If you are involved in a design project and wish to evaluate your product, its interface, or even a small feature of the interface; it helps to understand the context in which it exists. This is actually the first step. Folks at Adaptive Path call it the ‘discovery’ process. It involves asking yourself questions that go something like:

Why does it exist?
What are its origins?
What needs does it serve?
What problems does it solve?

To truly innovate, we must transcend the boundaries that hold us.

Answering the above questions will widen your understanding of what your product can achieve. But to truly innovate, to come up with out-of-the-box solutions that address needs of users never identified before, you must look at it beyond the product or its current capabilities. What are the fundamental needs of the users. Not in terms of your product/interface, but beyond that. What do they really want to do - beyond what is currently offered to them.

Pardon me if that sounds rather melodramatic but I really believe in design innovation. I’ve put it to work in the past and it has delivered great results.

Opera’s best kept secret
M2 is the e-mail client that comes bundled with Opera 7 browser. I downloaded version 7.11 a few days ago and almost instantly recognised its great potential. It represents that leap in design I was talking about and conclusively disproves Hurst's theory that "users have to take the lead".

M2 has a truly innovative interface that has the potential to make the lives of its users radically easier.

This has already become a marathon post, let me quickly explain its three innovative features [the last two of which, I must brag, I had previously conceived myself for such a product. Honest!]. View full screenshot of M2 in a new window.

a. Access points
M2 has no folders as such but here’s the remarkable idea: all e-mails can be viewed at multiple access points [on the left] while being stored at only one place. In the previously mentioned scenario, I can get back to my boss’s e-mail at all those places I mentioned – boss’s access point featured under “contacts” - yes, the address book here also displays all mails from that person!, under “calander” not supported now but promised in next version, under “to do” access point - see labels in the screenshot and yes there’s even an “attachments” access point. Everything appears automatically under those access points, you do not need to move my mails or create a filter!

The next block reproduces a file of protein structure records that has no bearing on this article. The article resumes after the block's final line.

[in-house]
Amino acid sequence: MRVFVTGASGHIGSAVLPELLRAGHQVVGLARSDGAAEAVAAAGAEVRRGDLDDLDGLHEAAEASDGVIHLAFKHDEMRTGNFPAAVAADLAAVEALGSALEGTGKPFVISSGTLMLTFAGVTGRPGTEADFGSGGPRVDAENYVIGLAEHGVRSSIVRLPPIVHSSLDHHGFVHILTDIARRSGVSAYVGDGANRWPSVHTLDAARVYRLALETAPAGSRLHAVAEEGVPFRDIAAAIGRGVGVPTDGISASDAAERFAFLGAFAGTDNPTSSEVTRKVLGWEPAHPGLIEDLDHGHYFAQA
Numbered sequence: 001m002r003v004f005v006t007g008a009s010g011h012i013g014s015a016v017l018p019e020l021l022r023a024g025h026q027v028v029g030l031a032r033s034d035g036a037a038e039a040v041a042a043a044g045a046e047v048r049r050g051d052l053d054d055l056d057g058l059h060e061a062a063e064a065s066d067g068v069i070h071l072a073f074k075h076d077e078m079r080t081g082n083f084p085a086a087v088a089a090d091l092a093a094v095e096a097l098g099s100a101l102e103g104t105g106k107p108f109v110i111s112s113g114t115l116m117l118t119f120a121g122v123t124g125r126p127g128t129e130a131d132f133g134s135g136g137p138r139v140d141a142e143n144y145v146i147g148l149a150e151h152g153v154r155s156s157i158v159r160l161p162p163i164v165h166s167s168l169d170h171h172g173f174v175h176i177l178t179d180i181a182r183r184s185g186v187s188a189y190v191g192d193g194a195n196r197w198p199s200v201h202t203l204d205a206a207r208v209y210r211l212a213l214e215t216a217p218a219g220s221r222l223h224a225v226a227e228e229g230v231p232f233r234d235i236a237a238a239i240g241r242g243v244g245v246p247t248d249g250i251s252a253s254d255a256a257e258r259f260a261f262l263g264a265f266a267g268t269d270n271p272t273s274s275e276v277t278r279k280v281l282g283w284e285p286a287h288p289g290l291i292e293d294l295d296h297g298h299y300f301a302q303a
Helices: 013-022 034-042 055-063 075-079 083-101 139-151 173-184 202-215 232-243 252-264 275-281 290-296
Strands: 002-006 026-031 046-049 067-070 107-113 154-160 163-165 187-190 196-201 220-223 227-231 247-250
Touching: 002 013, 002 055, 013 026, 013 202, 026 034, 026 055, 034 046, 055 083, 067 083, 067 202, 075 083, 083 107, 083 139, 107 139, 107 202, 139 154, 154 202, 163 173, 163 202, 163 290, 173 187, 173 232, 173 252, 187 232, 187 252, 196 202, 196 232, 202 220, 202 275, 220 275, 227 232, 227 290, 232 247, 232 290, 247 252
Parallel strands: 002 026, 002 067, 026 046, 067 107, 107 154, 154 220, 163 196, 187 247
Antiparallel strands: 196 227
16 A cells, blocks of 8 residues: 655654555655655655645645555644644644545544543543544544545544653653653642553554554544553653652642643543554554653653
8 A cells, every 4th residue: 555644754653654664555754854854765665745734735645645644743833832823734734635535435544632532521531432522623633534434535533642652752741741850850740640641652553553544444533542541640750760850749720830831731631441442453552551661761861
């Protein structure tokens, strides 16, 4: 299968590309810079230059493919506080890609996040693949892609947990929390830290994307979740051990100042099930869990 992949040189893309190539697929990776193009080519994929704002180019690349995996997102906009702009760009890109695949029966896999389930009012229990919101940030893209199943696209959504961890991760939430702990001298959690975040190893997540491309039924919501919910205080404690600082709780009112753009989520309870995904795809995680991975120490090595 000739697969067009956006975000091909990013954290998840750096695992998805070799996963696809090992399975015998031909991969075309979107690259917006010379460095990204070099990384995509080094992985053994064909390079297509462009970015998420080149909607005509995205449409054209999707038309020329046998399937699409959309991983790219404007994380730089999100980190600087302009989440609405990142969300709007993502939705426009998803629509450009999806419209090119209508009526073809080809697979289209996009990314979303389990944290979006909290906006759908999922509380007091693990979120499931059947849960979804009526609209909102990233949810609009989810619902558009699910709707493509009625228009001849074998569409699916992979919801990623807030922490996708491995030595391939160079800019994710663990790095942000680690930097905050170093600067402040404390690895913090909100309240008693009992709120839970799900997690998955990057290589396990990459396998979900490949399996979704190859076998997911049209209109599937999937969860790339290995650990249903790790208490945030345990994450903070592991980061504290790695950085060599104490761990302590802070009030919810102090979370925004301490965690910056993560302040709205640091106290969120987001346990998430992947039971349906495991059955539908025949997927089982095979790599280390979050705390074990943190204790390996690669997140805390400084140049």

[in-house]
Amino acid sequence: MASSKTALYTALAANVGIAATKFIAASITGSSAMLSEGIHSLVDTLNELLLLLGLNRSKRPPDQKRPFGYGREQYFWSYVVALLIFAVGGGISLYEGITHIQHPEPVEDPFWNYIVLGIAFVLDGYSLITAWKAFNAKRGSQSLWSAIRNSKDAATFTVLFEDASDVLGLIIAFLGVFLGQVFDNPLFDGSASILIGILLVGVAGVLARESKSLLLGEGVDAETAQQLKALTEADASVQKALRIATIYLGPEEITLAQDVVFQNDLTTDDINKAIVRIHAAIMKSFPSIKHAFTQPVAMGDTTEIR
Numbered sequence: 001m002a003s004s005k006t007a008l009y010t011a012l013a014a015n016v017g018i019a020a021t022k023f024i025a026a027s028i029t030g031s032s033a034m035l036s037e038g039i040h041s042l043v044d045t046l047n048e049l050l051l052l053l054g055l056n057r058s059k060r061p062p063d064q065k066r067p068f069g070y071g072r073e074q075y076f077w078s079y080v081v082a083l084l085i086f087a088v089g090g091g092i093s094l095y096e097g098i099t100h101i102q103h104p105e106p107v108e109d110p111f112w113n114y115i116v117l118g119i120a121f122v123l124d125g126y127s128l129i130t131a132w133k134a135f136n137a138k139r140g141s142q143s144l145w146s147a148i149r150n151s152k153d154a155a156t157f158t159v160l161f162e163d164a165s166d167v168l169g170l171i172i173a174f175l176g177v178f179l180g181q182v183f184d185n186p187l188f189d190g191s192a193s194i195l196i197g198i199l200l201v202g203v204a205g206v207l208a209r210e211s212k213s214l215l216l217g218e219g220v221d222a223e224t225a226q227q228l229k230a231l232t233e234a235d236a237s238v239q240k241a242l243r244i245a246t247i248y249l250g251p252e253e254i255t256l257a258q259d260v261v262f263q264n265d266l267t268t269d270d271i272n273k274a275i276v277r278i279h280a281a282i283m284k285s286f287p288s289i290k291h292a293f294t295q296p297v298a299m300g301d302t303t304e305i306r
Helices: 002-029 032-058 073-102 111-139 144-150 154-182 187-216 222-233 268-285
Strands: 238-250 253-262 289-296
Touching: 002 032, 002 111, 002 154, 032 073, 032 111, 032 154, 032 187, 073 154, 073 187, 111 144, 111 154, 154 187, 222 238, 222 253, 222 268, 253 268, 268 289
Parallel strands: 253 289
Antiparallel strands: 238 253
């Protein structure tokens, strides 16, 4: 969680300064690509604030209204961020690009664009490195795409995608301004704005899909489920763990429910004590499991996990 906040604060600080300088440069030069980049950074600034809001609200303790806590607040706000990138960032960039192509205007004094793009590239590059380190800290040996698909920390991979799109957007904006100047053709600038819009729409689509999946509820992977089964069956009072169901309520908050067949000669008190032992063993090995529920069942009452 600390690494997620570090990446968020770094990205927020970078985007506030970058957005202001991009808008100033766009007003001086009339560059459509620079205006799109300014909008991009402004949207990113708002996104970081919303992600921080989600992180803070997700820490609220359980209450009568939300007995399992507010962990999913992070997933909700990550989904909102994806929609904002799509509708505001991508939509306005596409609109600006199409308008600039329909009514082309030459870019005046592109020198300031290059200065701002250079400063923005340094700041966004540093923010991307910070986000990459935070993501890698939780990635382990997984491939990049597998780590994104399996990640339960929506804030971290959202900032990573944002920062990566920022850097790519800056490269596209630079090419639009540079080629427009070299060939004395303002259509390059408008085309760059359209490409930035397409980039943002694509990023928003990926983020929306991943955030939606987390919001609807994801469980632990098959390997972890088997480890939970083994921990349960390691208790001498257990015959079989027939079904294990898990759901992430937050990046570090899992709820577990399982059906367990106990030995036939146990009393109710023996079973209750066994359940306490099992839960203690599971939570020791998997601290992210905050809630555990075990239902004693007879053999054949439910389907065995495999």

Big leap from how e-mail has so far been managed. Those are amazing people at Opera. While it has some weaknesses – it seems like a hurriedly assembled product - but the concept itself is outstanding.

b. Labelling
You can label any e-mail simply by clicking next to the e-mail under the labels column. It will show you a range of labelling options: Important, To do, Mail back, Call back, Meeting, Funny and Valuable. Labelled e-mails immediately show up under the 'Labels' access point.

c. Quick reply
Those of you who send dozens of e-mails everyday, this is invaluable. To reply to an incoming mail, you don’t need to hit reply and wait for the new msg window to open, set focus to the message area, write a message and press send. In M2, just select a message in the inbox, type out the reply in a IM type comment box and hit quick reply. All done.

M2 is truly awesome but don’t download it just yet
I struggled with it for 3-4 days and ultimately decided against its continued use because of its limitations. For one, I can’t send HTML messages. Executives from Opera say [in the support forums] that it's a security risk and will not be offered in future versions too. All this while users have been crying themselves hoarse in the forums saying that they need this feature. Responding to a post of mine, one executive finally admitted that they are now considering HTML.

It is interesting to note though that folks at Opera recognise its current limitations - there's no mention of M2 under either the product section or the download page of their website. Though I got the impression that security is perceived to be its most important strength.

Other issues: no spell check, no hotmail support [but both these can be managed with independent add on utilities], poor support for incoming HTML e-mails, no option to delete e-mail copy from the server and no "save as" option for storing e-mails on the hard disk. But the greatest threat that kept me away was a fear of crashing the browser and losing all my e-mails. I did come across a one or two horror stories.

The real advantage with M2 is not security but its capabilities as an e-mail organiser.

So my suggestion to you is, keep an eye on it. Try it when later versions come out. My suggestion to folks at Opera: realise the true strength of M2, it’s not security, it is the organising capabilities. Improve those features, introduce HTML and spell check and make it more stable. You’ll have a great product in M2.

Keep focusing too much on security and you will be chasing an impossible dream. As Andrew Odlyzko - an economist explains, there is no such thing as a perfectly secure system [pdf].

Related Links
M2 page on
M2's features [translated from German]
Story on alternative e-mail programs